Pond owners: Plan ahead for dredging

Many ponds are more than 50 years old. Depending on their drainage area, they can accumulate debris, leaves, sediment, yard waste, decaying pond plants, etc.

Eventually the pond will need to be dredged to restore the full use of the pond for the owner. When cattails march out toward the middle of the pond, it is a good indicator it might be time. Dredging a small pond can be done more practically and be less expensive than a larger pond.

A few questions arise if you are going to dredge. Is there adequate access for crawler backhoes, or cranes and even dump trucks and bulldozers? Is there adequate space for stock piling the sediment or mucky stuff?

Will the dredged material need to be hauled away? Did you begin saving up some funds in preparation of the untimely event (Please note here, “Homeowner Association” members, you better start now setting aside a build-up fund for the future event).

How it works

If you plan to dredge your pond or retention basin, the water is usually pumped out first. Then you end up with a small pool of water and fish. This is very appetizing for herons, raccoons and mink.

You might be thinking “gee” now that the bulldozer is here, should I reshape the pond? If you do, please leave the dam alone unless it is leaking or the outlet pipe is bad.

The reason is the dam was hopefully built with a core trench to help seal it up. If you should happen to dig into the dam, be prepared for some additional counter moves to seal it back up.

Most ponds have outlet pipes. In the old days, corrugated metal pipes were used. Today, we have plastic pipes. We have noticed the corrugated metal pipes are showing signs of rusting out. In some cases, to the point of leaking and weakening that part of the dam from water flowing outside and along the pipe called “piping.” You will see backside cave-ins or sloughing of the dam itself.

Ponds versus wetlands

Sometimes, the satellite imagery can not tell the difference between a pond and a wetland. So, when we use the U.S. Fish and Wildlife Service National Wetland Inventory maps here at the office, your pond could show up as a wetland.

You could have some issues as to are you dredging a wetland? Some products are sold that claim to eat up the bottom mucky stuff.

Aerators can be very helpful if they are the bubbler type. However, we don’t think either one can remove sediment accumulations.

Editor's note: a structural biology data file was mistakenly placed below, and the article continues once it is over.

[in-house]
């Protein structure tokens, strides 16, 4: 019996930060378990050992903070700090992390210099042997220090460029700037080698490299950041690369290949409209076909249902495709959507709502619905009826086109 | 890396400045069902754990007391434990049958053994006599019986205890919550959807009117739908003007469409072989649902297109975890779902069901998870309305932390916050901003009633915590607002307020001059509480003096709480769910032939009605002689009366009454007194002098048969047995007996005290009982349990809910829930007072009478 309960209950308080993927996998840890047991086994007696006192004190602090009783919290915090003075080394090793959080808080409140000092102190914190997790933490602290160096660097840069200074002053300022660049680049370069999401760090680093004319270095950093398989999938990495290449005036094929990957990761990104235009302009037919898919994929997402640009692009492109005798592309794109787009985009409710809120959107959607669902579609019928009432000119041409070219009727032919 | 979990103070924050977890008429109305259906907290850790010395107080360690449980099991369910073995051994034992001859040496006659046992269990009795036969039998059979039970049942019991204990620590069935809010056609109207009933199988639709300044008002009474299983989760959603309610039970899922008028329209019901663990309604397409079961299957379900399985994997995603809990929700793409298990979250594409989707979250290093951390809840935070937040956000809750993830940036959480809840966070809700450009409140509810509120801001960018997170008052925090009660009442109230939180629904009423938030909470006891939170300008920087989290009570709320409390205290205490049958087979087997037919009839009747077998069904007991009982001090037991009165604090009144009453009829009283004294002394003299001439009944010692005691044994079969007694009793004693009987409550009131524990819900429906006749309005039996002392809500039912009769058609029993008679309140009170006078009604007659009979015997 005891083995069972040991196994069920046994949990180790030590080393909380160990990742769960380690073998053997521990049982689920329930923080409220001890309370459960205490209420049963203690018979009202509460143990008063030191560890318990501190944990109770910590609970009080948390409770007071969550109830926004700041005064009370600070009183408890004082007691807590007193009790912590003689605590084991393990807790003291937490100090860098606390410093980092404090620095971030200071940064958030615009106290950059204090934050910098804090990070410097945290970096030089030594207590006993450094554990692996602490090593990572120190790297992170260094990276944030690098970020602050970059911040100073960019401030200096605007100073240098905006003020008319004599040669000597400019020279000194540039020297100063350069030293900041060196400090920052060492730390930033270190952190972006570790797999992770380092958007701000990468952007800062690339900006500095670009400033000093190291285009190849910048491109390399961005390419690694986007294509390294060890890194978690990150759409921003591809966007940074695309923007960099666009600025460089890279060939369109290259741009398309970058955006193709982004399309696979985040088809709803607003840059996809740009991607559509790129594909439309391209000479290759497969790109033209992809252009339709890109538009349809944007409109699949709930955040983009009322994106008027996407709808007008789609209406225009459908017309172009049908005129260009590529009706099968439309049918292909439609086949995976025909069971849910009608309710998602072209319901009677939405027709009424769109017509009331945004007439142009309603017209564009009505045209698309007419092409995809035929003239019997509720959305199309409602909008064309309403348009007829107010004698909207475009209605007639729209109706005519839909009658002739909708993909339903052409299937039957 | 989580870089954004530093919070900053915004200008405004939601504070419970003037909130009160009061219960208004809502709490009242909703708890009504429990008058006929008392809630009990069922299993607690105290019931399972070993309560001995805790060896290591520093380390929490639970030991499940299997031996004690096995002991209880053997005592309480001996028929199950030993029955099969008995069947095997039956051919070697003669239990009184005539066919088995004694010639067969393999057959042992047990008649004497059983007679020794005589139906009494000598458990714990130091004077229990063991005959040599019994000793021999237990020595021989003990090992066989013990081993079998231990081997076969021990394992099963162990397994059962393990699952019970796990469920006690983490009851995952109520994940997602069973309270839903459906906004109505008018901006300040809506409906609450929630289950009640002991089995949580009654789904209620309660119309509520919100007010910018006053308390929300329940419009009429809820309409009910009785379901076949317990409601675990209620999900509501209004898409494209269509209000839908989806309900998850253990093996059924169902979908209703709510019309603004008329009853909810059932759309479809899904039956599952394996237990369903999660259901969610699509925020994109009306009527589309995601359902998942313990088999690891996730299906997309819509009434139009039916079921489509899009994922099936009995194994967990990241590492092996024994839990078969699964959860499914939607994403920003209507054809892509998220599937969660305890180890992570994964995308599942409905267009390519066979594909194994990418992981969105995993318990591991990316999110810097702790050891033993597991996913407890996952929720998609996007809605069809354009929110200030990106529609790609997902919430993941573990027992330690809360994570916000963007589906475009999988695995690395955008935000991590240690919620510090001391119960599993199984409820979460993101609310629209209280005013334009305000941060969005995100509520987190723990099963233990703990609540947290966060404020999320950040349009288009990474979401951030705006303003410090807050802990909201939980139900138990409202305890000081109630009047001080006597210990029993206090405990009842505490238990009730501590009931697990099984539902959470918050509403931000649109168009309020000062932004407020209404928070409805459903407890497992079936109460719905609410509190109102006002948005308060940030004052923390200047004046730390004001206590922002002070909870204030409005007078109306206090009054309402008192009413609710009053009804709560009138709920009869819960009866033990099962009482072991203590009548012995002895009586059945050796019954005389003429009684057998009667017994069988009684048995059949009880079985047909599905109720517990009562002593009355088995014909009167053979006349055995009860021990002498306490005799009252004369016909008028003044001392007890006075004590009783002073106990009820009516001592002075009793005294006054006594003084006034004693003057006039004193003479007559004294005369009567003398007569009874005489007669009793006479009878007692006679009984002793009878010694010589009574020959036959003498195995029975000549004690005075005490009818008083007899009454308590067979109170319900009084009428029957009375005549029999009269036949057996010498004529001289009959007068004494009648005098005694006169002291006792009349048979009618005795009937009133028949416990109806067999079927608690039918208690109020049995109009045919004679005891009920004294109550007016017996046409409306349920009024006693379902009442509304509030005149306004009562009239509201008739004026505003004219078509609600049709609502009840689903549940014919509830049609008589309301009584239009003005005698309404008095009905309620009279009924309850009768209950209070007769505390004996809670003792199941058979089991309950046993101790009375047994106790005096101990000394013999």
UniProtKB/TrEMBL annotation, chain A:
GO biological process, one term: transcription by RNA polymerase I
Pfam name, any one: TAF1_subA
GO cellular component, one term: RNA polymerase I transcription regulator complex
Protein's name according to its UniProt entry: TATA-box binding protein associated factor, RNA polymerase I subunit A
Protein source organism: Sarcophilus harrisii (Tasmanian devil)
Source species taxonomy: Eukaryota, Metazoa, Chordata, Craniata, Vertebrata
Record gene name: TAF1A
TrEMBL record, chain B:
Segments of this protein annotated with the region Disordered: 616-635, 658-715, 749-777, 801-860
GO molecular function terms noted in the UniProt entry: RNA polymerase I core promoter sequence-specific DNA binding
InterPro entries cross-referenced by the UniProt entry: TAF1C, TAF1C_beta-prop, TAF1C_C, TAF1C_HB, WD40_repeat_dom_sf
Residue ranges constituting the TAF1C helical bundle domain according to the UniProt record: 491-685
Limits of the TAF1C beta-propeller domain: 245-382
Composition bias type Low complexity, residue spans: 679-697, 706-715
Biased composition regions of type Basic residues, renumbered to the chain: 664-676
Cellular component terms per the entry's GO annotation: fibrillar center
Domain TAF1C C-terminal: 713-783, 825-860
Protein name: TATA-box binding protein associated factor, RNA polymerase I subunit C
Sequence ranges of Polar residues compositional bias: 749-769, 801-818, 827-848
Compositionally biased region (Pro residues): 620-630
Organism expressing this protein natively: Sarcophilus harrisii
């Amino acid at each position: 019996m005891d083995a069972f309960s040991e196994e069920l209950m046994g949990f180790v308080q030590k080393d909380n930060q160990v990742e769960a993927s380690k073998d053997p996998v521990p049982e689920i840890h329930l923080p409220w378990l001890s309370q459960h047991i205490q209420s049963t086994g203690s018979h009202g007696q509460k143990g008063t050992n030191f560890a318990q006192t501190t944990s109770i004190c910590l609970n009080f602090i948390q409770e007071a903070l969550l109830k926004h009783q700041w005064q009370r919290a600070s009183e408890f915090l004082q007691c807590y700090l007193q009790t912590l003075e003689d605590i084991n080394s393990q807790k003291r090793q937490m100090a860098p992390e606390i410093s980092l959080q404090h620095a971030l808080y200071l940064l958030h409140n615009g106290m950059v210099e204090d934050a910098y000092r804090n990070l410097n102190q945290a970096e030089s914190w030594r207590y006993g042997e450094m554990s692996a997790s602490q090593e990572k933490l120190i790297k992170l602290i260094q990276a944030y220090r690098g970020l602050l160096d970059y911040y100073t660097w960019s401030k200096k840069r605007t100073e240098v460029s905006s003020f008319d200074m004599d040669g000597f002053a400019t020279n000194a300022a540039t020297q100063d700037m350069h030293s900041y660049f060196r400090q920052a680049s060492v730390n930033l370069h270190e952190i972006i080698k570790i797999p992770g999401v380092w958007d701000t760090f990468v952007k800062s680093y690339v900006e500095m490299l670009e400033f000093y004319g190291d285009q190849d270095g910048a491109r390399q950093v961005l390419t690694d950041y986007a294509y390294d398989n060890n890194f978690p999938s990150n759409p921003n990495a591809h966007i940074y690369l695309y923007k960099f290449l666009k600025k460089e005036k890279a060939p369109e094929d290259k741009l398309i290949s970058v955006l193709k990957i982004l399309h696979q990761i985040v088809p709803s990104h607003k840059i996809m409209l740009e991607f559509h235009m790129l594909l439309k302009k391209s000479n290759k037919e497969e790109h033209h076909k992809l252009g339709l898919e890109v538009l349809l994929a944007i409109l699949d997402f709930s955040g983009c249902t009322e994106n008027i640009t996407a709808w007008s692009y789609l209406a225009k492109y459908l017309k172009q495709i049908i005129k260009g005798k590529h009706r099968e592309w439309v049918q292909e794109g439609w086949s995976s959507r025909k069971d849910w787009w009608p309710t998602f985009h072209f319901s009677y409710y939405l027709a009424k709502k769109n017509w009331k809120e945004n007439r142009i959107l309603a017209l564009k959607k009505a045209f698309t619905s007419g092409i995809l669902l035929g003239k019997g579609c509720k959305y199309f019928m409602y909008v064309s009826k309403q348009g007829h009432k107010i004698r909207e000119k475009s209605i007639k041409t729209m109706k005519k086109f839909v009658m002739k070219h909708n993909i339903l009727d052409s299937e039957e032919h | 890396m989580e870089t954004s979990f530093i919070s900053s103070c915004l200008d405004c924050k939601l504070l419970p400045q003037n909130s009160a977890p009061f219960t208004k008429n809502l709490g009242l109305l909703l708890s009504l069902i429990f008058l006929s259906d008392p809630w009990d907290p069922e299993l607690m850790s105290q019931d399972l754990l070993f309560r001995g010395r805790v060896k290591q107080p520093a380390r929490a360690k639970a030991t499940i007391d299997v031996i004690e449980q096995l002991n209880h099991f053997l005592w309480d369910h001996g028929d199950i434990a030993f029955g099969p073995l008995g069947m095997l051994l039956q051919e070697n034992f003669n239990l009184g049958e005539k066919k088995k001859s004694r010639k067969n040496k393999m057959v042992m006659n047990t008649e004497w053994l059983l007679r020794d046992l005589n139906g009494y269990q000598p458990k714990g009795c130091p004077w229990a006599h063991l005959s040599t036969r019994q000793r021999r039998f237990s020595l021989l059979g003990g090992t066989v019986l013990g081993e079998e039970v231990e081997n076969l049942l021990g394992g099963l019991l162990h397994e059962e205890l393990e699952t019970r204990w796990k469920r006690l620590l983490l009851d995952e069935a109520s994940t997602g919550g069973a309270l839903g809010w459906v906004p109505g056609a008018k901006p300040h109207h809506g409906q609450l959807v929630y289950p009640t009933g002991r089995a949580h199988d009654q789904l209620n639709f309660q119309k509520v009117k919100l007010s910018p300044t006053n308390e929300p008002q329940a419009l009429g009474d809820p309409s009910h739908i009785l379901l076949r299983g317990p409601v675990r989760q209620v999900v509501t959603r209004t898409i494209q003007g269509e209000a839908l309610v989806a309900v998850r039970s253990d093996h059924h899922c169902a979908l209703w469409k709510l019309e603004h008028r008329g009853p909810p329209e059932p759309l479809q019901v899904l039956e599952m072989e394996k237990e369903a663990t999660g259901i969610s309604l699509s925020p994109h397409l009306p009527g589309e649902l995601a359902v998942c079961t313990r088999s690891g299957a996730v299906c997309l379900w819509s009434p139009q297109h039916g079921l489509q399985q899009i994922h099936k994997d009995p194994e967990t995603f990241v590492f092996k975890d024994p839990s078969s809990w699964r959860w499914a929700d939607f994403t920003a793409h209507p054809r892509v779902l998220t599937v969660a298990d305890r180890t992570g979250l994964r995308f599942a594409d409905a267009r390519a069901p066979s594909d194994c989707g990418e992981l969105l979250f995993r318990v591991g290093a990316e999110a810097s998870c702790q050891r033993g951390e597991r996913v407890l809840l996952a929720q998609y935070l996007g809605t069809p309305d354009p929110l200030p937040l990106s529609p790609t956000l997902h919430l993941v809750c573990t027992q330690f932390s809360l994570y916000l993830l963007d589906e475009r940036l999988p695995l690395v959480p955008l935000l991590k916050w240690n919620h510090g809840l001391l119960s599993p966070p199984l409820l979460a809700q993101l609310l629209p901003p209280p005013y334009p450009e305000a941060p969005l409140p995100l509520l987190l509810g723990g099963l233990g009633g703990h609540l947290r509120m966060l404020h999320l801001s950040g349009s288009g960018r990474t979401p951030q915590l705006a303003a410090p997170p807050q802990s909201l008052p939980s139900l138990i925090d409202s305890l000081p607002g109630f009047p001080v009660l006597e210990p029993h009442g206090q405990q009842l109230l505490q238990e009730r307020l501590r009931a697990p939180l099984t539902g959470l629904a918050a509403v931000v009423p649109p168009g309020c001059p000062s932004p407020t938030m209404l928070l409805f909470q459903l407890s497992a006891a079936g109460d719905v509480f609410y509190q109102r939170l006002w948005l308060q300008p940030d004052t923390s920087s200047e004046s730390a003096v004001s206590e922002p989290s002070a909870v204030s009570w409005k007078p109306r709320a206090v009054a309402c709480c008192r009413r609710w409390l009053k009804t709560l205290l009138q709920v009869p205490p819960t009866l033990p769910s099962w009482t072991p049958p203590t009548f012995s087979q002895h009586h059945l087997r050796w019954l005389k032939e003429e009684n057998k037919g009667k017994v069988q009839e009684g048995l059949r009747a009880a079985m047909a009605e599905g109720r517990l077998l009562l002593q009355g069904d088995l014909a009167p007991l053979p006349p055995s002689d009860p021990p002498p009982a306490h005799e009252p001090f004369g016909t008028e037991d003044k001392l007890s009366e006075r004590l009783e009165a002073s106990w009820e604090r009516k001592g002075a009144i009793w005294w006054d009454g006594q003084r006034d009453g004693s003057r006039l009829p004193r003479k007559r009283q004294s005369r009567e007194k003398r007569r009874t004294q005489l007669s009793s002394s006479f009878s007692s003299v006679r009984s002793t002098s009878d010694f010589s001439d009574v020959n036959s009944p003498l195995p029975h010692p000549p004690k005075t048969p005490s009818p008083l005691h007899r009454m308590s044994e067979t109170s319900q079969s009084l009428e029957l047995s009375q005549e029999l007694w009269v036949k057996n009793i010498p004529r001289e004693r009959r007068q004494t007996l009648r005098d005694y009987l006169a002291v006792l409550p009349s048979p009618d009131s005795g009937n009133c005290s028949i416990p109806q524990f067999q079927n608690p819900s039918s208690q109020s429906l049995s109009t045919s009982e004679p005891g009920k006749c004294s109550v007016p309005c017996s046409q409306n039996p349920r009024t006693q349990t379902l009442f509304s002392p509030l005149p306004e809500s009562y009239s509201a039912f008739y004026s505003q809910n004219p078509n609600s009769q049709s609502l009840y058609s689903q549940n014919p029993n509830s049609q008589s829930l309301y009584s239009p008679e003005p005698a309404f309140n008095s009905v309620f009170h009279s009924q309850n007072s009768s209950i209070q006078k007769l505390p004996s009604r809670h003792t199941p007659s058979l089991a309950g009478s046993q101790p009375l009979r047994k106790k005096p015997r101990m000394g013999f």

Drainage area ponds should be functional for 100-150 years unless too much stuff gets in them or they are not needed any more.

A rule of thumb for a pond to watershed or drainage area is a one-acre pond should have at least four acres of drainage area.

When you have more than that ratio, you could be adding much more stuff to your pond from runoff and it will bring in more unpleasantries the bigger you go.

Flooding myth

We have heard accusations that a pond will cause additional flooding downstream. Actually, we do not agree with this myth because the rainfall or snowmelt that occurred before the pond was there also flowed down the slope and the only difference is now the pond captures it and releases the water through a pipe which is more visual to the eye.

The concentrated flow from the pipe then does look like increased flow onto the downstream neighbor. We have found the pond actually holds back some flow especially in the summer months when pond levels drop anyway.

Medina County was proclaimed the “Pond Capital of Ohio” in 2012 by the Medina County Soil and Water Conservation District Board of Supervisors and the Medina County Commissioners.More than 7,800 ponds of more than an acre in size exist across the county.

Thus, for some of you, dredging is in your future. Check with your local soil and water conservation district for more information and suggestions from their experiences over the years.

About the Author

Jeff is the District Manager for the Medina SWCD since 2006. Before that he was an area representative with the ODNR Division of Soil and Water Conservation through out Northeast Ohio for most of his career. He worked closely with District Boards of Supervisors and staffs on programs and capacity building. More Stories by Jeff Van Loon

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